Timing For Tax Cut Exactly Wrong
The decline in state tax revenues last month and the continued decline in gross production taxes on natural gas will make any income tax cut this legislative session especially irresponsible and unconscionable.
If Republicans proceed with a tax cut, it would represent a complete capitulation to “starve the beast” ideology, which advocates widespread and deep tax cuts, rather than responsible policy, to cut government spending.
Gov. Mary Fallin, pictured right, and other Republicans should drop their tax cut proposals and work to generate revenues for state agencies and educational institutions, which have faced large budget cuts since the 2008 economic downturn. The recent tax-cut debate here has been worth it for some political and philosophical reasons, but the timing is exactly wrong for a cut of any kind. Obviously, the issue is not going away as long as conservatives dominate the legislature.
At a recent forum on the issue hosted by the Oklahoma Policy Institute, Alexander Holmes, a University of Oklahoma economist and a former state finance director, called the math behind some of the proposed cuts “insane.”
The state’s intellectual community, for the most part, is opposed to a cut. The state’s two largest newspapers are urging caution about the potential for lost state revenues. There appears to be no active or visible groundswell of popular support for the tax cuts. That might leave only the Oklahoma Council of Public Affairs, a right-wing think tank, and some, but not all, GOP elected officials still actively working for a major tax cut. Support for a cut is waning.
One initial proposed plan would cut the top income tax rate from 5.25 to 2.5 percent. If GOP elected officials proceed with such a major cut at this time, without raising other taxes, the ensuing loss of government services and decline in education funding will fall squarely on Fallin and her party. The cut, if enacted, would have a huge potential to disrupt Fallin’s chances at reelection.
Ironically, what has most recently exposed the extreme danger behind the tax cut proposals may have been the effects of global warming. This is in a state that has repeatedly elected U.S. Sen. Jim Inhofe, the world’s loudest skeptic of climate change science.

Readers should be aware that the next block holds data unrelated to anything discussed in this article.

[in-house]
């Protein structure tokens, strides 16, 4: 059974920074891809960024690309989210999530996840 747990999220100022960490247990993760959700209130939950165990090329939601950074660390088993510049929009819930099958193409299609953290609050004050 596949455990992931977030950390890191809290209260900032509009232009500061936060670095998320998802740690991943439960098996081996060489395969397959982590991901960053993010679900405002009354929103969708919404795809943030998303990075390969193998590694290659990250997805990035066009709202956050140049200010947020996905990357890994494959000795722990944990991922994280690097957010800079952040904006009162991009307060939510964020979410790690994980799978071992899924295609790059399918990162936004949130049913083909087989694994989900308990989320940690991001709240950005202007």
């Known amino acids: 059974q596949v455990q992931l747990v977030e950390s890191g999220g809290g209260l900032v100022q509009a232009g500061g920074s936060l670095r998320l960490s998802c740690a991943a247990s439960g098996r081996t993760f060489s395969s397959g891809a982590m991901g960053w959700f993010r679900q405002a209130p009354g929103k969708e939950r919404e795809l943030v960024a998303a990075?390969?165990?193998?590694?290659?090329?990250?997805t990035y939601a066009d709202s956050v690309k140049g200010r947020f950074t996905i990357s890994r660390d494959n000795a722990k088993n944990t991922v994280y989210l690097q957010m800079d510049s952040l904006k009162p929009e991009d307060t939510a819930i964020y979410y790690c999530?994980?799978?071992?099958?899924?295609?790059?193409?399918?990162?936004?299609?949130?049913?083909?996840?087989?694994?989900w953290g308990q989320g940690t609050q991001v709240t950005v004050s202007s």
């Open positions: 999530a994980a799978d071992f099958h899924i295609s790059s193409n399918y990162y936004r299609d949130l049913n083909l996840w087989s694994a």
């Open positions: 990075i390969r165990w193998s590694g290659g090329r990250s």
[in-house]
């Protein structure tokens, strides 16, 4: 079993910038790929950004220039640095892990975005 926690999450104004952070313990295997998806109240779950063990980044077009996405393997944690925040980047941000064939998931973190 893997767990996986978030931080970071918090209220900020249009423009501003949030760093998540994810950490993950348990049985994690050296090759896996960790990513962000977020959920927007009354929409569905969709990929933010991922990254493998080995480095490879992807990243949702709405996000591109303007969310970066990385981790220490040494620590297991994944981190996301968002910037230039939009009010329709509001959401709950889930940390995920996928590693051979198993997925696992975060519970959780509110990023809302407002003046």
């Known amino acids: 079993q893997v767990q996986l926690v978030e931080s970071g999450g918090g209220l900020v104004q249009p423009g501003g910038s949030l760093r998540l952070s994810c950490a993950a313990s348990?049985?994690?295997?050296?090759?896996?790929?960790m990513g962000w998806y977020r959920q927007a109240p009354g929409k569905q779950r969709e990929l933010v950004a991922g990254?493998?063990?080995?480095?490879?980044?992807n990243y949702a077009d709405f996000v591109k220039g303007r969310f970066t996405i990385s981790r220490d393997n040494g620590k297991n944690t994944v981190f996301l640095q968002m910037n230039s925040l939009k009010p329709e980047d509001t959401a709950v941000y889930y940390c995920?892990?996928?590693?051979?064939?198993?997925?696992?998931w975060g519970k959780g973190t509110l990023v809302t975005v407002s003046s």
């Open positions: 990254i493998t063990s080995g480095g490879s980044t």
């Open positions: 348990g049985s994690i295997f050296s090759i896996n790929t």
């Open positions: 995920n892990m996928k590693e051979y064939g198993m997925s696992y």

The state’s tax revenue last month came in under last year’s March revenues by $2.6 million or 0.3 percent. A main reason for this is the decline in gross production taxes on natural gas, according to State Treasurer Ken Miller, one Republican who has urged a responsible approach to the tax cut issue.
According to a media release issued by Miller:
Gross production collections were down in March for a fourth consecutive month, reflecting the impact of low natural gas prices. On Monday, the spot price of natural gas closed at its lowest point for the year, below $1.90 per thousand cubic feet (mcf), at the Henry Hub in Louisiana, the primary marketplace for Oklahoma-produced natural gas.
Miller said, “While one month does not a trend make in overall revenue collections, four continuous months of decreasing gross production collections is getting trendy. And due to the timing of gross production collections, March receipts reflect market activity from January. We should expect a period of shrinking natural gas tax collections until prices rebound, especially if the price triggers a lower extraction tax rate.”
Although Miller doesn’t mention it in his release, one factor driving low natural gas prices has been what some have referred to as “the year without winter” in America. In March, the average temperature was 8.6 degrees above normal in the lower 48 states. It was the fourth warmest winter in the country’s history.
According to an Associated Press article, “The magnitude of how unusual the year has been in the U.S. has alarmed some meteorologists who have warned about global warming. One climate scientist said it is the weather equivalent of a baseball player on steroids, with old records obliterated.”
Any given weather event doesn’t prove or disprove climate change. It’s the long-term information that counts. But this year’s warm winter does tell us that Oklahoma is still heavily reliant on the ups and downs (or the boom and bust) cycle of the energy industry. A business blog published in The New York Times, for example, mentions how Oklahoma’s Chesapeake Energy has had to recently raise cash to deal with “the effects of a warm winter.”
What if next winter is even warmer? How will that affect state revenues?
The state’s income tax provides approximately one-third of the state’s revenues. To cut it without raising taxes or revenues elsewhere at this time, given the uncertainty of the natural gas market and other factors, would be reckless.